Cielo Vista

Get Green: Eco-friendly Options for the Home

May 22, 2009

It’s not easy being green. And in most cases it’s not cheap – at least, not at first. Still, several companies in Costa Rica can help turn your home into the “greenest” pad on the block without having to use a paintbrush.

The best place to start assembling a sustainable home may be on the roof.

Solar Costa Rica (www.solarcostarica.com, 2582-0623), which has been installing solar roofing systems in Costa Rica for 20 years, can help you save electricity and produce some of your own.

“These systems are becoming more and more popular,” said Andrew Zwick, project manager for Solar Costa Rica, based in Santa Ana, southwest of the capital.

“Nowadays people are saying ‘green’ this and ‘green’ that.”

Zwick said the company can install a system to power a home for an average price of $15,000 to $20,000, though estimates may vary depending on the shape and size of the home. The cost includes the roof panels, inverters and all the necessary nuts and bolts to operate a sun-driven system.

Solar Costa Rica attaches the solar panels to a special, thin layer laminate that adheres to the roof and sits flush with the roof level. It can install solar panels for systems that are both tied to and completely off the electrical grid.

The solar panel arrangement comes with a warranty of 20 years, though it should last much longer, according to Zwick, who noted that one of his solar roofing systems can cut down an energy bill by about 30 percent.

Most of the savings comes from the energy the system is able to store in a battery, which reduces grid dependence at peak hours.

Another option is to buy one of the company’s solar hot water systems. These systems run about $3,500 and rely on pipes heated by the sun to carry hot water into a storage tank. These systems will also last about 20 years and reduce energy costs by 20 to 30 percent.

For those who may not want to install a giant reflector on their roof, a homier option is available that is just as green.

Holland Roofing Company (www.holland roofingcr.com, 2224-9557) can make the top of a house look like grandpa’s garden. Based in the eastern San José suburb of Curridabat, this green roofing company opened up shop in Costa Rica in 2007 after acquiring years of experience in the United States.

Holland Roofing can install plants and vegetation on anyone’s roof by using a thin membrane and about four inches of lightweight soil. According to the company’s green roof expert, Pieter Hoonstra, this keeps roofs cool and improves rainwater runoff. The metal roofs commonly used here heat up, thus raising urban temperatures, a consequence Hoonstra described as the “Iceland effect.”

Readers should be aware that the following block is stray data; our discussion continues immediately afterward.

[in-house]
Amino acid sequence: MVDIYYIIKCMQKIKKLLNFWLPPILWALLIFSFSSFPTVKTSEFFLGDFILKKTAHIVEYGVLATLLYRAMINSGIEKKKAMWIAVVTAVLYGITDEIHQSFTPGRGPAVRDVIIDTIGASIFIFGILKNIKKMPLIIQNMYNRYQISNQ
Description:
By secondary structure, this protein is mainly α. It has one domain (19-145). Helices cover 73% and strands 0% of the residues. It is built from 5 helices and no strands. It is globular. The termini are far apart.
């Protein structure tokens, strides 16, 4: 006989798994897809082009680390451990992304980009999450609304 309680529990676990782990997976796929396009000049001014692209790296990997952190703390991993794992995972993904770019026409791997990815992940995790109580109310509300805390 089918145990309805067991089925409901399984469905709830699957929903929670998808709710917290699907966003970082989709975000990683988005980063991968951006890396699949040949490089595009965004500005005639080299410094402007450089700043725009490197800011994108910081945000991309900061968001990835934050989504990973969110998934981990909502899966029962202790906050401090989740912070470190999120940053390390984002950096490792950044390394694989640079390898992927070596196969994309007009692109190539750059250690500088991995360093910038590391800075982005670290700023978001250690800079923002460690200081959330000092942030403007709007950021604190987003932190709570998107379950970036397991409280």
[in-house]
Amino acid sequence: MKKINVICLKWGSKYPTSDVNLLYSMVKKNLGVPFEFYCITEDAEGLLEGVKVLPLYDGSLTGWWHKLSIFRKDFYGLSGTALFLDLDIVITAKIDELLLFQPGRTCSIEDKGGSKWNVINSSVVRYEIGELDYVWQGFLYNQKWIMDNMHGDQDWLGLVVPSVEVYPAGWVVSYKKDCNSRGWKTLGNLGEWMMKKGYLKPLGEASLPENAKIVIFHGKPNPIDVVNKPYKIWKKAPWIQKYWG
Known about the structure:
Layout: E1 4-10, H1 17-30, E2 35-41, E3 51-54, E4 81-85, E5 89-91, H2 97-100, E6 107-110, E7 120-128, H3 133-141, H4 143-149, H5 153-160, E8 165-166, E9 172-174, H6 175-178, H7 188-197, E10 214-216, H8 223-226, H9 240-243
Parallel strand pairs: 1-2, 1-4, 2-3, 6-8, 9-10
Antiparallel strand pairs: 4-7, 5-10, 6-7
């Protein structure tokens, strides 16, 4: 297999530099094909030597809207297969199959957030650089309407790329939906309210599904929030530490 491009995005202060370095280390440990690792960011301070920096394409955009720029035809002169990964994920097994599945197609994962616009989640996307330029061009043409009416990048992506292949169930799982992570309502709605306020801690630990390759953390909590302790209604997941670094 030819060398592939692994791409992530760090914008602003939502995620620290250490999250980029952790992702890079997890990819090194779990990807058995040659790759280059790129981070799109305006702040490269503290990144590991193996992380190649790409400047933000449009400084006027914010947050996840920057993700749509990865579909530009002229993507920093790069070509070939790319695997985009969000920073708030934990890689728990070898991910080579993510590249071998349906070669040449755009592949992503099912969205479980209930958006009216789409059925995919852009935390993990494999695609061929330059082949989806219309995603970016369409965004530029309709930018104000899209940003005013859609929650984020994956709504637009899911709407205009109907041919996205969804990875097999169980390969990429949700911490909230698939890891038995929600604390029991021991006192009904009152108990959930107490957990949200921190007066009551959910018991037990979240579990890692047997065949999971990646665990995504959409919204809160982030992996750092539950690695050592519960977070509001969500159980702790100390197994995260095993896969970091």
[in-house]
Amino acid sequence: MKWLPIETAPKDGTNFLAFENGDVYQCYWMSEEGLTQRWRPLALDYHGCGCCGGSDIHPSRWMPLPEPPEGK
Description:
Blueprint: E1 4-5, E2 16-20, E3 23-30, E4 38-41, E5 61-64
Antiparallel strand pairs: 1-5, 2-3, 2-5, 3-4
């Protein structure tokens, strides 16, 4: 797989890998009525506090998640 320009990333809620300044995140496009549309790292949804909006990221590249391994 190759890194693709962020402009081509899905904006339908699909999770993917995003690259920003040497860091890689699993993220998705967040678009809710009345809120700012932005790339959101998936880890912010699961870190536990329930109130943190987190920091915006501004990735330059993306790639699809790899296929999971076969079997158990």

Additionally, a normal roof drains water immediately through downspouts, which then pours into rivers and causes water levels to rise. The soil on a green roof absorbs some of the rainwater and delays its return to the ecosystem, which can prevent problems such as flash flooding, Hoonstra said.

Holland Roofing Company installs two types of roofs: extensive and intensive. An extensive roof, which costs about $60 per square meter, is covered with grass and shrubs and is not accessible to people.

An intensive roof, on the other hand, provides all the comforts of a backyard porch. Though it requires more maintenance, an intensive roof allows human access, planting of vegetation, installation of paver stones and space for tables and benches. Because it requires more materials and a heavier structure, an intensive roof costs closer to $80 per square meter. An engineer should be consulted to ensure the construction can handle this type of roof, Hoonstra noted.

Getting down from the roof, it’s important to think about where building materials comes from and what type to use when planning the interior of a house.

Wood is a common material for construction and interior design – but using wood means cutting down trees.

Brian Erickson of Muebles Brieri (www.brieri.com, 2710-1958) recommends the use of bamboo for home construction and decoration. While he said bamboo should not be used as the principal building material, it is a great substitute for wood in the construction of columns and posts.

“Bamboo isn’t the panacea for everything, but it does provide a quick, sustainable, low-cost material,” Erickson said.

The benefit of bamboo, he said, is that it is fast-growing. Once planted, this giant grass reaches full maturity in six years. After being cut, it doesn’t require replanting and can completely regenerate in three years.

Erickson’s company produces mainly bamboo furniture, but he thinks people should give more thought to the advantages of bamboo.

“It’s all about being sustainable,” Erickson said. “You need to consider everything, from the systems you have to the type of material you use. The demand for sustainable, efficient living can only increase.”

 

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